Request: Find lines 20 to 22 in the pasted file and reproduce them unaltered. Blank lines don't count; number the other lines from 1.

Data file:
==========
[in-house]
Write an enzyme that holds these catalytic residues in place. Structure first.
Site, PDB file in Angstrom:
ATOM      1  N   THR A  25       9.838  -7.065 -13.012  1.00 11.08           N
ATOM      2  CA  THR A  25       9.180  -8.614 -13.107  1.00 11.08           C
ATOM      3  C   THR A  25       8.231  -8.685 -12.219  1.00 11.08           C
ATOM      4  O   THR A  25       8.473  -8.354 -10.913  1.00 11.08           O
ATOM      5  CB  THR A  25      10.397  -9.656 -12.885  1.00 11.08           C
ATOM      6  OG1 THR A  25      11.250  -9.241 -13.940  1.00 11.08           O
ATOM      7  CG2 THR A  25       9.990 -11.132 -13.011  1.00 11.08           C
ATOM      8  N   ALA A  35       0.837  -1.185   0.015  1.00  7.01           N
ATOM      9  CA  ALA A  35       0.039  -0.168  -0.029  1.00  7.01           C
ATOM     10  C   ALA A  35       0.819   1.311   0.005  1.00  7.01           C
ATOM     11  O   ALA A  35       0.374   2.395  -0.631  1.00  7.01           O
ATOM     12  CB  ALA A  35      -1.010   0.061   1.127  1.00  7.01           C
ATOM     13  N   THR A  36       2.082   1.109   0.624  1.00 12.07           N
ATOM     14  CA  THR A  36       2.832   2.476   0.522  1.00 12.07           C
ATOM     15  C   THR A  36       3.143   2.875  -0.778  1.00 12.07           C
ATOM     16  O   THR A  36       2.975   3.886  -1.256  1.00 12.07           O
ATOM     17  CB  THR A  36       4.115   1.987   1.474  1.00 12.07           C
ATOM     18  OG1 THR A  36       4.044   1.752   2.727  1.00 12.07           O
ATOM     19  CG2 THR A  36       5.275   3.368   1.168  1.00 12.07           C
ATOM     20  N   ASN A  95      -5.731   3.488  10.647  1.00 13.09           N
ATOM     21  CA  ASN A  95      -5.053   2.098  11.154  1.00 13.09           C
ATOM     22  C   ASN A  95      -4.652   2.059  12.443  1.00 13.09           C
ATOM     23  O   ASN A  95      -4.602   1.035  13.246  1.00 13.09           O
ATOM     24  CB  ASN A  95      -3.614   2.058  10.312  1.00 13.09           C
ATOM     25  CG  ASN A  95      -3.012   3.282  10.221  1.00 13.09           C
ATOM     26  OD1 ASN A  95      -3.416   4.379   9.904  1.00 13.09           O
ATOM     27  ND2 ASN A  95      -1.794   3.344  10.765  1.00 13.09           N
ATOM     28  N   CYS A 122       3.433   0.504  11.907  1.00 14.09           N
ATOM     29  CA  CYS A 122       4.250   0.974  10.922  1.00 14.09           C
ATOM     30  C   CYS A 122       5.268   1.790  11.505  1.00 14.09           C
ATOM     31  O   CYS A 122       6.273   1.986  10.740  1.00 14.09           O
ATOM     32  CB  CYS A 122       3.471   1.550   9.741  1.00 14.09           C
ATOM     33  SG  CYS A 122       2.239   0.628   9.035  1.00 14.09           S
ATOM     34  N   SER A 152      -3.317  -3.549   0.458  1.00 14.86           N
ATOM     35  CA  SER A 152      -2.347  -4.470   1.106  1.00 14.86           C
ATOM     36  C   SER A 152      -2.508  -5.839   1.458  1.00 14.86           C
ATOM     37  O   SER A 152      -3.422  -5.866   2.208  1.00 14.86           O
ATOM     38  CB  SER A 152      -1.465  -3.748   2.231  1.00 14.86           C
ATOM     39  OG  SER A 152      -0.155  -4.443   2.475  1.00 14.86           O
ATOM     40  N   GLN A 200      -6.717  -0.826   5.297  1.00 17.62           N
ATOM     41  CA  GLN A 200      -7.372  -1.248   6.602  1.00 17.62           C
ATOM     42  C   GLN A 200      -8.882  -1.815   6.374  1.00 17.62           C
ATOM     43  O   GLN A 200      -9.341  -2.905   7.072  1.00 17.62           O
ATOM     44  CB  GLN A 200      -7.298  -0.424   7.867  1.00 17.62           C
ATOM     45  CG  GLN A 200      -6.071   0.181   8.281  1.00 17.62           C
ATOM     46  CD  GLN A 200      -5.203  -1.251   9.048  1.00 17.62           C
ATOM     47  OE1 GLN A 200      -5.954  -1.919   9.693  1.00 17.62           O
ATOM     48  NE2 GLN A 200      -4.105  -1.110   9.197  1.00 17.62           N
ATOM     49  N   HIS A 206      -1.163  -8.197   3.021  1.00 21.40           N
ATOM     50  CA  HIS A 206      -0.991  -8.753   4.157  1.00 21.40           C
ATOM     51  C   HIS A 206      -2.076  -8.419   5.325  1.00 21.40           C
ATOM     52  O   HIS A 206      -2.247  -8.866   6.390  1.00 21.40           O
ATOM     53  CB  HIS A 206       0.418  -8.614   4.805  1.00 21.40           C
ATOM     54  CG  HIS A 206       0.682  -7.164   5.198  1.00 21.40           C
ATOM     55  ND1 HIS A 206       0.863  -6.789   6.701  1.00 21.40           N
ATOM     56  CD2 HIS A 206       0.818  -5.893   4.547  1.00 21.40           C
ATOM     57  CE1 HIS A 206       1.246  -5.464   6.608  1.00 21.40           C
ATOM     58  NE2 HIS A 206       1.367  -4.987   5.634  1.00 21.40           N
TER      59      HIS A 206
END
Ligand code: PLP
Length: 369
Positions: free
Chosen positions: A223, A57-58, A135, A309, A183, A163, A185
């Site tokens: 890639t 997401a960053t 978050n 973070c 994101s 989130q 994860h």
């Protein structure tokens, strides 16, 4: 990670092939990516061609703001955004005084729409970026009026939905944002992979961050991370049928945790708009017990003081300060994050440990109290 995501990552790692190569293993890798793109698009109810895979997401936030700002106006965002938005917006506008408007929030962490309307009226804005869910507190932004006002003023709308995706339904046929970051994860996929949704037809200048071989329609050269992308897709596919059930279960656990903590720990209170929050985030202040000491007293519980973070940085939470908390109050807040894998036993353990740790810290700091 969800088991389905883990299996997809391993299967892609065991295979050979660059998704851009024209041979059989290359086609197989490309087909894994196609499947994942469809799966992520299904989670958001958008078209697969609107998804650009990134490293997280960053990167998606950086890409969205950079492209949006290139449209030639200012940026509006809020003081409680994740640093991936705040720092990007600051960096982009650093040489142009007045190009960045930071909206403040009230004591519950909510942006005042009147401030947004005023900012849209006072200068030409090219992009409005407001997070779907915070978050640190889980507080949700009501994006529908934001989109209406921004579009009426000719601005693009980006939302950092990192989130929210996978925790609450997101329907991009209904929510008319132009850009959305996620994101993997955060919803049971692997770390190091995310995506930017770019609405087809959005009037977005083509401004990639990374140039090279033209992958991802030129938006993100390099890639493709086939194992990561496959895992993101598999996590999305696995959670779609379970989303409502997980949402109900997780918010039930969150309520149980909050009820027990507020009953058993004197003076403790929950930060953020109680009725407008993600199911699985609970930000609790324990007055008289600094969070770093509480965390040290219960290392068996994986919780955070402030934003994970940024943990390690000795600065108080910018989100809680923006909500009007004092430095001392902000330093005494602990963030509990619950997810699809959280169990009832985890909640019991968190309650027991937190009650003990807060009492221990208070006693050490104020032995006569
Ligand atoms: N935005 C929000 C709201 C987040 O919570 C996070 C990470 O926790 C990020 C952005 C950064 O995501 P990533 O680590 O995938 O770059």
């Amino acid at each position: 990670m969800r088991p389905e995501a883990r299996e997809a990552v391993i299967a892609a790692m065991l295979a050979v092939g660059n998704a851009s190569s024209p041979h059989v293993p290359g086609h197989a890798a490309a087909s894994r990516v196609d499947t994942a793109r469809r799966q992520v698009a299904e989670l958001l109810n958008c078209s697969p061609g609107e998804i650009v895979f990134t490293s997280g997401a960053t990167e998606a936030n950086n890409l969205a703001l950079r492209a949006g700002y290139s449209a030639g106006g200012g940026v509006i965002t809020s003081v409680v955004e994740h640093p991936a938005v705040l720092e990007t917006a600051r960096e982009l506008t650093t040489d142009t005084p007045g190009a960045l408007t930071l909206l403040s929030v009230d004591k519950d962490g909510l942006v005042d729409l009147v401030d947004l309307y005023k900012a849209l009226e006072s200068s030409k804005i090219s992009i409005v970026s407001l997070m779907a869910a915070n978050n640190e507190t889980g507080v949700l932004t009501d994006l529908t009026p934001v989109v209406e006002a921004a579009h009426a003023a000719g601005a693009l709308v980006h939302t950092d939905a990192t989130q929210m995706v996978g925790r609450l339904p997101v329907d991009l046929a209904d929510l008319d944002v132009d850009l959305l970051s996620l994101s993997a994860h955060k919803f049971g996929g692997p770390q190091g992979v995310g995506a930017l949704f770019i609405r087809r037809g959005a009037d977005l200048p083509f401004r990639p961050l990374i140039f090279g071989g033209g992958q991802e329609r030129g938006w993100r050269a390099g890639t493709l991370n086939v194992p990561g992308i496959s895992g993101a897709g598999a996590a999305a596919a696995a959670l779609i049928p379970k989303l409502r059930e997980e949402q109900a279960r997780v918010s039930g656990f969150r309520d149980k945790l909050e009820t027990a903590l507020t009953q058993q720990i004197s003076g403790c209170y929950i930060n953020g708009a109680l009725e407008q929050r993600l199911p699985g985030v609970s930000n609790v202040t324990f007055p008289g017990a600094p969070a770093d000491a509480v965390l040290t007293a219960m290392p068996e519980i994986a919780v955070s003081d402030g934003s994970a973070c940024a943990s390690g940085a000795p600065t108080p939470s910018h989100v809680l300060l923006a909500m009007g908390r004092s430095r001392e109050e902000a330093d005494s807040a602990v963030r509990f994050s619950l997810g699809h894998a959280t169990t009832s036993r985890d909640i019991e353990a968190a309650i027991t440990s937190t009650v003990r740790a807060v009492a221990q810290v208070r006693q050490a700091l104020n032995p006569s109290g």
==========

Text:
ATOM     17  CB  THR A  36       4.115   1.987   1.474  1.00 12.07           C
ATOM     18  OG1 THR A  36       4.044   1.752   2.727  1.00 12.07           O
ATOM     19  CG2 THR A  36       5.275   3.368   1.168  1.00 12.07           C